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New Year, New You? Here’s How Your Finance Team Should Set You Up for Success in the Coming Year

The end of the year for your business serves as a valuable opportunity for reflection.

  • How did my business perform? Did I make enough money to do all the things I wanted? Or rather did I keep enough of the money we made?
  • What should I be thinking about as we start the new year? 
  • Should *gestures wildly around* all this –  be so hard? 

But before we even get to all that, it’s important to know how to tie up loose ends and close your books properly. And by you, we really mean a capable finance team that should be dealing with all the nitty gritty. 

This same team, the ones who manage your accounts receivable,  should also be able to provide insight into what’s working at your agency and what’s not. You need the technical and the strategic to-dos of closing out the year covered.

In this article, we’re going to give it to you straight:

  1. The 3 Things Your Finance Team Should Be Doing
  2. How to review your current financial health
  3. Why regular financial check-ups matter
  4. The step-by-step checklist to closing out the books

(If you have had just about enough of *all this*, say and we can help you through it.)

1. Start on The Right Foot: 3 Things Your Finance Team Should Be Doing

Before diving into new projects, your finance team needs to lay the groundwork to usher in a new, successful, year. Here are three essential tasks to kickstart the year:

Tie Up Loose Ends for The Current Year:

  • Ensure all completed work is billed and close finished jobs.
    • Have old receivables with clients that haven’t been paid? If there are, assess whether they are collectible, or if they should be written-off. Have a bunch of small balances sitting on your accounts receivable or accounts payable report too? Now’s the time to deal with them. 
  • Accurately capture revenue, adjusting for work completed to avoid recognizing revenue for unfinished tasks.
    • If you do cash accounting, it’s especially important to make sure you are adjusting revenue for work that has not been completed yet. 
    • That revenue should be deferred to next year. Make sure you are giving credit where credit is due, and not mistaking gross billing for earned revenue.

Perform a Reasonability Test:

  • Review financials for missing costs, unusually high expenses, and discrepancies in revenue and profit.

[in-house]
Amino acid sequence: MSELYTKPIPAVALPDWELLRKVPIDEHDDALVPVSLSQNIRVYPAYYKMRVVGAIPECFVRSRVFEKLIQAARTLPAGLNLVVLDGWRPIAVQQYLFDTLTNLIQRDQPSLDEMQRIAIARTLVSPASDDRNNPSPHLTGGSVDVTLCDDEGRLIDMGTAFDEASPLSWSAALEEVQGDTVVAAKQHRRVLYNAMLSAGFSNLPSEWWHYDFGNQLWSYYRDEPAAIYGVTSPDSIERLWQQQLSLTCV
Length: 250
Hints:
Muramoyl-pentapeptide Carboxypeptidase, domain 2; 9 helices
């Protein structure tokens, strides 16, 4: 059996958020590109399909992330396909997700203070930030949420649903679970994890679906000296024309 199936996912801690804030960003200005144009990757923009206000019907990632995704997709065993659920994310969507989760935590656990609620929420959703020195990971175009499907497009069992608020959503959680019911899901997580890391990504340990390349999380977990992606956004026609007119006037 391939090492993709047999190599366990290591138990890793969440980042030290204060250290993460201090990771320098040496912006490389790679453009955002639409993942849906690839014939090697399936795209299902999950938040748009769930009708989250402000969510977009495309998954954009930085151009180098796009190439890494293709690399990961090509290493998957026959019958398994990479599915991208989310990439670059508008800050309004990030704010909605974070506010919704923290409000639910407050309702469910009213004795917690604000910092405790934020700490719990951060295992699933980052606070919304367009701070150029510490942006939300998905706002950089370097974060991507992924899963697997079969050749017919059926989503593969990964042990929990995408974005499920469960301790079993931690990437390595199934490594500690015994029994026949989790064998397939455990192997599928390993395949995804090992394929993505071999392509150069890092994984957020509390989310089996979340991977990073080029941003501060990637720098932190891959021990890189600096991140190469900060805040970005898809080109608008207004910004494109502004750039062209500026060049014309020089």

• Are there any large costs missing? 
    • Any expenses look strangely high? 
    • Is your revenue and profit what you expected? 
  • Consult your accountant to investigate any anomalies.
    • If you think something fishy is going on, ask your accountant to review the details of specific transactions to see where things may have gone awry. Often the cause of high or missing costs is that a transaction has been miscategorized.

2.  Review Your Current Financial Health

Once the year is neatly closed, it’s time to assess your agency’s financial health:

  • Study Key Performance Indicators (KPIs):
    • Analyze metrics like revenue per full-time equivalent (FTE), staff cost, and overhead ratios.
    • Generally speaking, staff costs and rent should be an agency’s biggest expenses. If you manage your staff costs and your overhead expenses well, your business is unlikely to have a profitability problem.
  • Assess Client Contributions:
    • Identify clients contributing the most revenue and profit. Does the cost of doing business with some of these clients outweigh the revenue? On the flipside, does any one client contribute more than 25% of your overall revenue? Both are risky scenarios and need to be addressed. 
    • Based on this reflection, be ready to make some informed decisions about client relationships and profitability.
  • Plan for the Following Year:
    • Budget for the new year based on revenue by client, staff costs, and overhead expenses.
    • Consider staffing adjustments, skill development, and potential business investments. Is it time to increase your staff number, or add new roles? Depending on your profitability, you may also consider developing your current employees or investing in marketing your business. Even agencies who aren’t interested in growing in the new year, who are happy with their size and capacity, can still invest in their team. 

3. Financial Fitness for Your Business: Why Regular Check-Ups Matter

Businesses that consistently review their financial performance have a better chance of hitting their goals. The catch? Many financial teams lack the expertise or resources to do this effectively. It boils down to where your team’s strengths lie. Without experience in agency work, they might miss crucial KPIs and struggle to spot potential issues.

Moreover, weak leadership in your accounting team can lead to inefficient processes in billing, collections, payables, cash management, and financial planning. Gaps in capabilities or technology might be the culprit.

Enter the Outsourced Accounting Solution.

If your in-house finance team falls short, consider a “contact a remote accounting firm” resolution. Think of it like hiring a personal trainer for your business’s financial fitness. Instead of relying on an overwhelmed in-house team, you’ll benefit from an agency-specific accounting team—your financial problem-solvers at a fraction of the cost.

A Step-By-Step Checklist For Closing Out the Books

Your success in the next year depends on how you close out the last. Here’s a step-by-step checklist for your finance team that covers everything from billing to budget. Download here!

We’ll be working with our bookkeeping and financial reporting clients so they can have peace of mind that all their hard work this year will be reflected in accurate, timely financial information, and a fresh start awaits them in the new year. If you are ready to ditch the overwhelm, let us know.